Oil VS Acrylic and When to Use Each

We have explained about the definition and differentiation of oil and acrylic paint, the last topic that we would like to present is about when to use each of them. If you are one of so many people who get confused about when to use each, you better figure it out by reading the points below, but bear in mind that both of oil and acrylic paint can be applied by brush, spray, or airless paint sprayer.

When to use Acrylic Paint:

  1. If this is your first time with fine art painting, acrylic is the best choice for you since it is the easier medium to get started with. Besides, it requires minimal investment; all you need is paint, water, and a paintbrush.
  2. Acrylic paint is a simple paint which doesn’t require complicated preparation and setup. In fact, your setup with acrylic paint can be fairly minimal, as it is stated before, that all you need is just palette, brush, water and work surface. Moreover, the acrylic paint dries fairly quickly, you don’t have to leave your painting out to dry for a long time.
  3. Acrylic paint is suitable to be mixed with other media painting, since it won’t damage or degrade other elements of the piece. Acrylic is non-corrosive and water soluble, therefore it is far easier to incorporate into a mixed media painting or piece of art.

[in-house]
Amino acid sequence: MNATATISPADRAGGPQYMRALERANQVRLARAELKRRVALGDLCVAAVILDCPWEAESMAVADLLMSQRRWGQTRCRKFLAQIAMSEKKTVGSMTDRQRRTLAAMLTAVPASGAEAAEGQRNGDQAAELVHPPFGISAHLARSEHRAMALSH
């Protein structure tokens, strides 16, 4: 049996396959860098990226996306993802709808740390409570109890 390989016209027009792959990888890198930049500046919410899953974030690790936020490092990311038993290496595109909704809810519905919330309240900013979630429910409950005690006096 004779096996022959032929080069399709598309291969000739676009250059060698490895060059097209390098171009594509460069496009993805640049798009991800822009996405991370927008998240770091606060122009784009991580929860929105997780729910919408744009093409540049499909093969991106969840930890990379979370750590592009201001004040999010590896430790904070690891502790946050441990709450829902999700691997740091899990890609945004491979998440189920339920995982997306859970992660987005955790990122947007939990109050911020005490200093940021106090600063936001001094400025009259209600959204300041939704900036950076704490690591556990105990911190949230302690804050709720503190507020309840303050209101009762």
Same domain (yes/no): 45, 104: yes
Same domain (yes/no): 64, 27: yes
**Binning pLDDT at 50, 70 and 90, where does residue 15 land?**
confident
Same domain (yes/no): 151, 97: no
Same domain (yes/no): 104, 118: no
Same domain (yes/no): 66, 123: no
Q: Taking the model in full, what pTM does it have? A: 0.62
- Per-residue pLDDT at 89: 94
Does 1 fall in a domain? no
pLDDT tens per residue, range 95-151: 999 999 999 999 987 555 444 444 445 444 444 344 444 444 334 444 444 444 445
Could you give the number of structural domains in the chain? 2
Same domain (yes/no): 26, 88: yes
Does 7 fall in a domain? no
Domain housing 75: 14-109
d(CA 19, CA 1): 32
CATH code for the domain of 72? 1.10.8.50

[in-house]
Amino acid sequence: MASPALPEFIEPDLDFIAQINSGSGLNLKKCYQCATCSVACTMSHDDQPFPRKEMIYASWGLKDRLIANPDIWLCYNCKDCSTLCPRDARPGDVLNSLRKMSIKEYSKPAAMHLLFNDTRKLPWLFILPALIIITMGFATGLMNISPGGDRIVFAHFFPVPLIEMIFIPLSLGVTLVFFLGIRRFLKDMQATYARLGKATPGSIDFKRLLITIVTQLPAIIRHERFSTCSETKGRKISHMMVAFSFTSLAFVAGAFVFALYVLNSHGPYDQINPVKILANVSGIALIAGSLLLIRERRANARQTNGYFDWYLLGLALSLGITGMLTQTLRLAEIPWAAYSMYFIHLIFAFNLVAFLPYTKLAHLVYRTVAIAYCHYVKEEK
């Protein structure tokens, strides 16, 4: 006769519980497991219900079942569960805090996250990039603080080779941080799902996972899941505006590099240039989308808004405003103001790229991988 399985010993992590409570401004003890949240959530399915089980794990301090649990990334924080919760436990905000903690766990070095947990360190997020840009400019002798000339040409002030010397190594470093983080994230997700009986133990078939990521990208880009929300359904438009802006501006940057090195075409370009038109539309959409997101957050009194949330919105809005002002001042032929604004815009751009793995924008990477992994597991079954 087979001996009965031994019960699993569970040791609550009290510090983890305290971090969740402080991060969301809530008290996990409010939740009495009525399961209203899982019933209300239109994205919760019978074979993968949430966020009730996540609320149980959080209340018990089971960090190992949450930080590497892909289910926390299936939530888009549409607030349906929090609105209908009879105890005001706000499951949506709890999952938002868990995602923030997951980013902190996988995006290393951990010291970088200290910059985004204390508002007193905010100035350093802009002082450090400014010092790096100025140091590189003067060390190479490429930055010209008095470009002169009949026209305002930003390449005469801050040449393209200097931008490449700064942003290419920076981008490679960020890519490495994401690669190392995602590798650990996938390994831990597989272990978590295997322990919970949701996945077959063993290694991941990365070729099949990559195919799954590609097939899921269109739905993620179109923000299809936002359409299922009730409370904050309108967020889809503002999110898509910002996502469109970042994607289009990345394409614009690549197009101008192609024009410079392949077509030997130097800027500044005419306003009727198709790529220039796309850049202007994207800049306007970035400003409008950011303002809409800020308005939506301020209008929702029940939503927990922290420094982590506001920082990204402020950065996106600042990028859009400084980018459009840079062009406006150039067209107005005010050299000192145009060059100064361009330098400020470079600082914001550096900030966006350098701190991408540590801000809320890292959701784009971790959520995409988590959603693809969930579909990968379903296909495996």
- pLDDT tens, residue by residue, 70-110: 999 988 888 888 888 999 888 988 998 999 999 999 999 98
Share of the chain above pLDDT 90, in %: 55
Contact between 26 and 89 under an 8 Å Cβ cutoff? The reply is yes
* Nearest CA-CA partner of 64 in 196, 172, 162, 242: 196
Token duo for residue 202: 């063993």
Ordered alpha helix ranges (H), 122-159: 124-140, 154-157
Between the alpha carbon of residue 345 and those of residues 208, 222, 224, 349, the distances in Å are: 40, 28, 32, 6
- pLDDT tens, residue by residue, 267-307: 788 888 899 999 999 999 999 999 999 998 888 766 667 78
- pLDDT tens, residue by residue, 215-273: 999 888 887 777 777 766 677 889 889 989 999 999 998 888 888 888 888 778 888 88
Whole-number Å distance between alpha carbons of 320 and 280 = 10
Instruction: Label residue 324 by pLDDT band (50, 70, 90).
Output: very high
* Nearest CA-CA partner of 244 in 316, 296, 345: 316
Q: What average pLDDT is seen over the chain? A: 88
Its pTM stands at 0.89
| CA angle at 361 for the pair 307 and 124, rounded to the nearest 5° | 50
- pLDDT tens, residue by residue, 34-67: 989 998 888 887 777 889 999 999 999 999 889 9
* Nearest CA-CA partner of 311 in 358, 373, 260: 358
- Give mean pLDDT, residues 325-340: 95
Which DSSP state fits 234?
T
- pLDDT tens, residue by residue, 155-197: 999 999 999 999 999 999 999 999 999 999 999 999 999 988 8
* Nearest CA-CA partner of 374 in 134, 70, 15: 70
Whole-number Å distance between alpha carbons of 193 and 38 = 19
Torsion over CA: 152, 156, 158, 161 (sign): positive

4. Acrylic paint is good for a craft item or atypical surface, such as pair of shoes or yoga mat. Besides, its plasticity and low drying time makes it a clean, easy and effective way to paint off-canvas.

When to use Oil Paint:

  1. If you wish to paint in layers, then oil paint is the best choice for you. This is because oil paint stays fresh longer compared to other paint, especially a quick-drying acrylic paint. When built up in many layers, this can yield beautiful, vibrant paintings.
  2. Oil paint will remain the same color as the first time you paint it once it is dry, this makes oil paint comes a better choice compared to acrylic paint. In fact, acrylic paint will turn a bit darker once it is dry.
  3. Since oil paint dries slowly and can only be re-moistened later with a solvent, it is better suited to long-term, highly involved painting projects, or projects that require many sessions to complete.
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